Boeing won a $7.6 million contract modification to provide generator feeder fault protection for the Apache helicopter. The Apache attack helicopter was developed by Boeing for the US Armed Forces. It entered service with the US Army in 1984 and has been exported to Egypt, Greece, Israel, the Netherlands, Japan, Saudi Arabia, United Arab Emirates and the UK. Work under the modification will take place in Mesa, Arizona. Estimates completion date its December 31, 2024. US Army Contracting Command, Redstone Arsenal, Alabama, is the contracting activity.
Ophir Corp. won an $11.3 million contract for repair of the B-2 pilot alert assembly and laser energy monitor. The B-2 Spirit is a low-observable, strategic, long-range, heavy bomber capable of penetrating sophisticated and dense air-defense shields. It is capable of all-altitude attack missions up to 50,000ft, with a range of more than 6,000nm unrefueled and over 10,000nm with one refueling, giving it the ability to fly to any point in the world within hours. The cockpit accommodates two crew members. It is equipped with a color, nine-tube, electronic flight instrumentation system (EFIS), which displays flight, engine and sensor data and avionics systems and weapons status. Work will take place in Littleton, Colorado. Expected completion date is May 25, 2025.
Middle East & Africa
The Belgian government will decide by July whether to send four F-16s to Jordan in October to support Operation Inherent Resolve. The F-16s would be deployed in Jordan for a year, starting in October, along with 95 soldiers, as part of the international operation “Inherent Resolve” to fight ISIS in Iraq and Syria. The deployment would be the third of its kind for Belgium. Operation Inherent Resolve is the US military’s operational name for the military intervention against the Islamic State of Iraq and Syria.
Lockheed Martin is contracted $13.2 million for modernized target acquisition sight/pilot night vision sensor refurbishment. According to Lockheed, the Modernized Target Acquisition Designation Sight/Pilot Night Vision Sensor (M-TADS/PNVS) is a long-range, precision engagement and pilotage solution for day, night and adverse weather missions. Fiscal 2010, 2018 and 2019 aircraft procurement (Army); and 2010 Foreign Military Sales (United Kingdom) funds in the amount of $13,210,610 were obligated at the time of the award. Work will take place in Orlando, Floria. Estimated completion date is May 31, 2022.
EXP Federal won a $25 million contract for architect and engineering services for construction and renovation project in the Republic of Korea. EXP Federal provides engineering design, construction management, interior, landscape, urban design, surveying, and master planning services. Work locations and funding will be determined with each order. Estimated completion date is November 24, 2023. US Army Corps of Engineers, Far East District, is the contracting activity.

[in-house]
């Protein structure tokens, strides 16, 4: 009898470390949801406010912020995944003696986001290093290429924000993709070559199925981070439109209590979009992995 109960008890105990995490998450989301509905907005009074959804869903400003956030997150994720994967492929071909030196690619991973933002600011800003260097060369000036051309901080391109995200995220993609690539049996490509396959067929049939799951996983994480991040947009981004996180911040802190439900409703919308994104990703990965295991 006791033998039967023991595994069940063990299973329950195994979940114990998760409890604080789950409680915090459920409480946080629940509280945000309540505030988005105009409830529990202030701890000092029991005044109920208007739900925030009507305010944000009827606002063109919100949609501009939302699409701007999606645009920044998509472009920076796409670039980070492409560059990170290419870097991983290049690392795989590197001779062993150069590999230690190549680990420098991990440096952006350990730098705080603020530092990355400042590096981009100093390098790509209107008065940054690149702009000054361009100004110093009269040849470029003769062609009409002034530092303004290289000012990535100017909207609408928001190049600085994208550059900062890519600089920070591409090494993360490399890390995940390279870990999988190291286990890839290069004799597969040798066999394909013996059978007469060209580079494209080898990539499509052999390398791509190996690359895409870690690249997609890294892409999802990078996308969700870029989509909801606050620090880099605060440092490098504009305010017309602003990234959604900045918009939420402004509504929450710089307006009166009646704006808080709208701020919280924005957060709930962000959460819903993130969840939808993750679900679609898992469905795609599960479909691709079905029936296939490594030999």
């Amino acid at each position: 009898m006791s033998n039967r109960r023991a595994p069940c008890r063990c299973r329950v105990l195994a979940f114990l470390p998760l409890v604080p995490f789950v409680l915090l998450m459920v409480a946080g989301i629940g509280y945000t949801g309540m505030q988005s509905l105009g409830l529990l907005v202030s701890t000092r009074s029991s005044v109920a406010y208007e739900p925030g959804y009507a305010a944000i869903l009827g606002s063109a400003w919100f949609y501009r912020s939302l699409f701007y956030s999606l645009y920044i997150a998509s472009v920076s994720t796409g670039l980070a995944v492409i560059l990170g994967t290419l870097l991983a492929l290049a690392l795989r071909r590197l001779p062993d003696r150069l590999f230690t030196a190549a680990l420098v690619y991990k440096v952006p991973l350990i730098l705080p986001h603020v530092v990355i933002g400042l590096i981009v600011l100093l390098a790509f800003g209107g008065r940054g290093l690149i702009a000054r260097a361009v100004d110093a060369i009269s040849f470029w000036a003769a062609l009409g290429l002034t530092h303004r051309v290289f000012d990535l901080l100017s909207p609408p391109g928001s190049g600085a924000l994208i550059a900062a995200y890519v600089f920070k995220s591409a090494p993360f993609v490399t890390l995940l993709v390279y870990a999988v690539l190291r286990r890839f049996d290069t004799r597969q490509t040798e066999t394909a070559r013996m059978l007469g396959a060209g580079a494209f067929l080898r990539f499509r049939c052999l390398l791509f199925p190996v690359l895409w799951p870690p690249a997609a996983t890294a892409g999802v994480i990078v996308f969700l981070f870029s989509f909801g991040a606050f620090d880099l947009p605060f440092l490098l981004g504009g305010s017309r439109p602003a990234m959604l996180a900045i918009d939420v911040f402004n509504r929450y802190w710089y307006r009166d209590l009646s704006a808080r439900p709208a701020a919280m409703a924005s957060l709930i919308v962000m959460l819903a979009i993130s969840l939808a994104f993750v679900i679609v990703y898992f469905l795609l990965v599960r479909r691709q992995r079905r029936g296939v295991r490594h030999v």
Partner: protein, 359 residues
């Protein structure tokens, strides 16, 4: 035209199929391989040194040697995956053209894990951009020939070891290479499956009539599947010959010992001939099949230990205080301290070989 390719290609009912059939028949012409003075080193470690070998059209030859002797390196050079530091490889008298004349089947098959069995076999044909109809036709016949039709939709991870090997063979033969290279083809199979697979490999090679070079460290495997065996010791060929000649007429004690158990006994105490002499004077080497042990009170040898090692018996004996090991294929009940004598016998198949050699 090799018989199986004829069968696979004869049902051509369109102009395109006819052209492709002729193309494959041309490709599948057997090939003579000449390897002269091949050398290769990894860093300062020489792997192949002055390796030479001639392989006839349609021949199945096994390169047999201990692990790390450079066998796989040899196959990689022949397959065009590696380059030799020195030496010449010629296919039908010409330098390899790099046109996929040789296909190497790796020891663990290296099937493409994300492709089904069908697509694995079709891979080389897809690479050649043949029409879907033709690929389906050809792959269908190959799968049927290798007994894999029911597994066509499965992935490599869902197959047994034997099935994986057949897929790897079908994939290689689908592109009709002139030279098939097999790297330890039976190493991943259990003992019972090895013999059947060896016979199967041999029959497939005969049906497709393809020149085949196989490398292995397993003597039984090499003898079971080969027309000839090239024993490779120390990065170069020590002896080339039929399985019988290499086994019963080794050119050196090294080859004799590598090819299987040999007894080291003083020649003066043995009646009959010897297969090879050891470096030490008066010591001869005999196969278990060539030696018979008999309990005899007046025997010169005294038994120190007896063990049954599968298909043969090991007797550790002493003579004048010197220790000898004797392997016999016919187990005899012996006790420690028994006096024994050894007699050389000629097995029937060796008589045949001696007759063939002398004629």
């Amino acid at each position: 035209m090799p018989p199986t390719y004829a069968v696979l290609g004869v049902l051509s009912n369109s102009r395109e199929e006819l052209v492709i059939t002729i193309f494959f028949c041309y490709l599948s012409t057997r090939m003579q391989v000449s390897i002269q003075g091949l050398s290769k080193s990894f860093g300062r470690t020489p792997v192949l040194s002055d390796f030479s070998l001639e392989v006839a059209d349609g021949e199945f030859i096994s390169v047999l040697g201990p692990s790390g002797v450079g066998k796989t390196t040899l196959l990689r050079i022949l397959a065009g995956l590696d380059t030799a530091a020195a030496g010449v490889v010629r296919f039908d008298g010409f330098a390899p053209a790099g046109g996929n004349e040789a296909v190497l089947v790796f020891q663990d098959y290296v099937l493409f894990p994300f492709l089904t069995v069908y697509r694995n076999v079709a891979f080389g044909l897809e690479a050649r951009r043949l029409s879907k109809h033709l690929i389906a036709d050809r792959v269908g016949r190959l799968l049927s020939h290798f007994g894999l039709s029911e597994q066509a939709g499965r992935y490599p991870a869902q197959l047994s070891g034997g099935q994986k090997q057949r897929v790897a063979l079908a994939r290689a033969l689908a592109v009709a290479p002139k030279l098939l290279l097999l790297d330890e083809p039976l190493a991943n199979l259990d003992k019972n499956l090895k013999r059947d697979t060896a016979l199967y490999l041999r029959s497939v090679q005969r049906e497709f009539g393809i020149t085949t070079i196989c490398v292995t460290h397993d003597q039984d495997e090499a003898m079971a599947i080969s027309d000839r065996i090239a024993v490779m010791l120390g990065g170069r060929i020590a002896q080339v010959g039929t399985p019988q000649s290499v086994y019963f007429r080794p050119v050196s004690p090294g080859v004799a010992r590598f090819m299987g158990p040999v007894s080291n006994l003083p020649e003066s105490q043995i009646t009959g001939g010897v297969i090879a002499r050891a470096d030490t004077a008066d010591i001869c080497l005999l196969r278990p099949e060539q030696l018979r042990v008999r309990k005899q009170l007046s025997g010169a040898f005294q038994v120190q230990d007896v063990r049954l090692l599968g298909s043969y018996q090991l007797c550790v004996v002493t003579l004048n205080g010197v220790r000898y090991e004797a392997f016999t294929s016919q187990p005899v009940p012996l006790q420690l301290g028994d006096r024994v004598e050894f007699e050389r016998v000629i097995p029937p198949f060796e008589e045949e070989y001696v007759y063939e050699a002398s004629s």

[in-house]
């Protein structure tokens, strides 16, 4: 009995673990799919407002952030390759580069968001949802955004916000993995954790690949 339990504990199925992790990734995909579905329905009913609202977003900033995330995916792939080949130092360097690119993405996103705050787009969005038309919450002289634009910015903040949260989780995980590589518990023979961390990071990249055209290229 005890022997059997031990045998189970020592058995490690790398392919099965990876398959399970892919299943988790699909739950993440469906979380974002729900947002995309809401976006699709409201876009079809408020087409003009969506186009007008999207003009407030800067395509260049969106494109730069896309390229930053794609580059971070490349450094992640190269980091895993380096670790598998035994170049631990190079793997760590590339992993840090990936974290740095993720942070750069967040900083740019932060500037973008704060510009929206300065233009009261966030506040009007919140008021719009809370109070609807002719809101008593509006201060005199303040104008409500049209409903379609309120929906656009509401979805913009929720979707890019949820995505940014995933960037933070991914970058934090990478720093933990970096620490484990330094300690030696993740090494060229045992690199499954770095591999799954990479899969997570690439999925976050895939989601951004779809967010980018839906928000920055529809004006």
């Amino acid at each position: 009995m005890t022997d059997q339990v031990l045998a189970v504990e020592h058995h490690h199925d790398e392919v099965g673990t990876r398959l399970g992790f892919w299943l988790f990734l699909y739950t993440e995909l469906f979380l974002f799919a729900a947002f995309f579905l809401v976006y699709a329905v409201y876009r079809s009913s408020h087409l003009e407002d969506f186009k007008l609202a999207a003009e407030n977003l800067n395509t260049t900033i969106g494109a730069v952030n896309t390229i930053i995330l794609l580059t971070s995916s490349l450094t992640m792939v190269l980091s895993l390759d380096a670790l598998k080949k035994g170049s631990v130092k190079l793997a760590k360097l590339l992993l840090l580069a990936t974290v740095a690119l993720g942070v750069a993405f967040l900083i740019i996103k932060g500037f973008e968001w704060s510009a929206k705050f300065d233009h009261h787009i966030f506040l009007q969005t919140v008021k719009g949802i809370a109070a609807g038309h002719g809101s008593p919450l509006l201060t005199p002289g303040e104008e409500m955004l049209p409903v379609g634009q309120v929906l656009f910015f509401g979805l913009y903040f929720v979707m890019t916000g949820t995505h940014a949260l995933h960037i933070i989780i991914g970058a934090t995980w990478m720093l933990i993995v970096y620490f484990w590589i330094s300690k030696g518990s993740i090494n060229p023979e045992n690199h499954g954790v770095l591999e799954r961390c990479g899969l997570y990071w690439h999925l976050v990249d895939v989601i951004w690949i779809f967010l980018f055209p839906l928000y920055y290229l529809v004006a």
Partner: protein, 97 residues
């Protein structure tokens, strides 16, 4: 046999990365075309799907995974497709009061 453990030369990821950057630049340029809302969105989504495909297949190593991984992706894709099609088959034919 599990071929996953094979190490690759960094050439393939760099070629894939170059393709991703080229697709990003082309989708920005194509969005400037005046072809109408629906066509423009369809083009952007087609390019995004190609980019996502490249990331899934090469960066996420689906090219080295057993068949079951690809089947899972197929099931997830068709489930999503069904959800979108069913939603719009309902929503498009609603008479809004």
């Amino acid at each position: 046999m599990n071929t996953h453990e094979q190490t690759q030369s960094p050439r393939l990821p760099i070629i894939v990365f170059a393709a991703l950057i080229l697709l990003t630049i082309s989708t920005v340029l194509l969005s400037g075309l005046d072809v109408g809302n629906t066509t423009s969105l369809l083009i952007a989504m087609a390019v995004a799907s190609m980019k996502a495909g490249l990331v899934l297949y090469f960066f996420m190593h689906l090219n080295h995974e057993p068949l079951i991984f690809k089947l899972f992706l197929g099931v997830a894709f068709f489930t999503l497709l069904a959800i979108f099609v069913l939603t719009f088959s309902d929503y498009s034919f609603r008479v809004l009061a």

Taiwan’s deputy defense minister Chang Zhe-Ping has confirmed to legislators that Taipei has decided to acquire the coastal road-mobile variant of the Boeing Harpoon Block II missile. Chang said the missiles should enter service with the Navy’s Hai Feng squadron in 2023. When asked, why the country chose to buy the American weapon when the existing Hsiung Feng II & III missiles are already in service, Chang clarified that studies showed that more missiles are required to destroy 50 percent of the invading force from China. This can only be achieve rapidly by buying new missiles from abroad.
Watch: The Eurofighter Typhoon Isn’t Stealthy—But F-22 Pilots Like It
Latest updates[?]: Ophir Corp. won an $11.3 million contract for repair of the B-2 pilot alert assembly and laser energy monitor. The B-2 Spirit is a low-observable, strategic, long-range, heavy bomber capable of penetrating sophisticated and dense air-defense shields. It is capable of all-altitude attack missions up to 50,000ft, with a range of more than 6,000nm unrefueled and over 10,000nm with one refueling, giving it the ability to fly to any point in the world within hours. The cockpit accommodates two crew members. It is equipped with a color, nine-tube, electronic flight instrumentation system (EFIS), which displays flight, engine and sensor data and avionics systems and weapons status. Work will take place in Littleton, Colorado. Expected completion date is May 25, 2025.
All together now…
Britain’s practice of “contracting for availability” for key equipment, rather than paying for spare parts and maintenance hours, may be its most significant defense procurement reform. In a world where older air, sea, and ground vehicle fleets are growing maintenance demands beyond countries’ available budgets, it’s an approach whose success could have global significance.
Across the pond, the USA is significantly behind in this area. Fortunately, they have not ignored the model entirely. Recent changes to the contracts covering their B-2 Spirit stealth bomber fleet demonstrate that some progress is being made, via a $9+ billion commitment from 1999-2014, and 2 parallel development programs that are changing key sub-systems.
Lockheed Martin Aeronautics won a $16 million deal, which procures support to manage diminishing manufacturing sources in support of the F-35 program for the Air Force, Navy and non-Department of Defense participants. The F-35 program has been supported by an international team of leading aerospace majors. Notably, Northrop Grumman NOC rendered its expertise in carrier aircraft and low-observable stealth technology to this program. BAE Systems’ BAESY short takeoff and vertical landing experience, and air systems sustainment supported the jet’s combat capabilities. These features have enabled F-35 jet to dominate the combat aircraft market buoyed by solid demand as evident from the program’s frequent contract wins, both from Pentagon and other US allies. For instance, this January, Lockheed clinched a reimbursable contract worth $1.93 billion for providing a consortium of services involving the F-35 program. Work under the new cost-plus-fixed-fee order will take place in Fort Worth, Texas. Estimated completion will be by June 2020.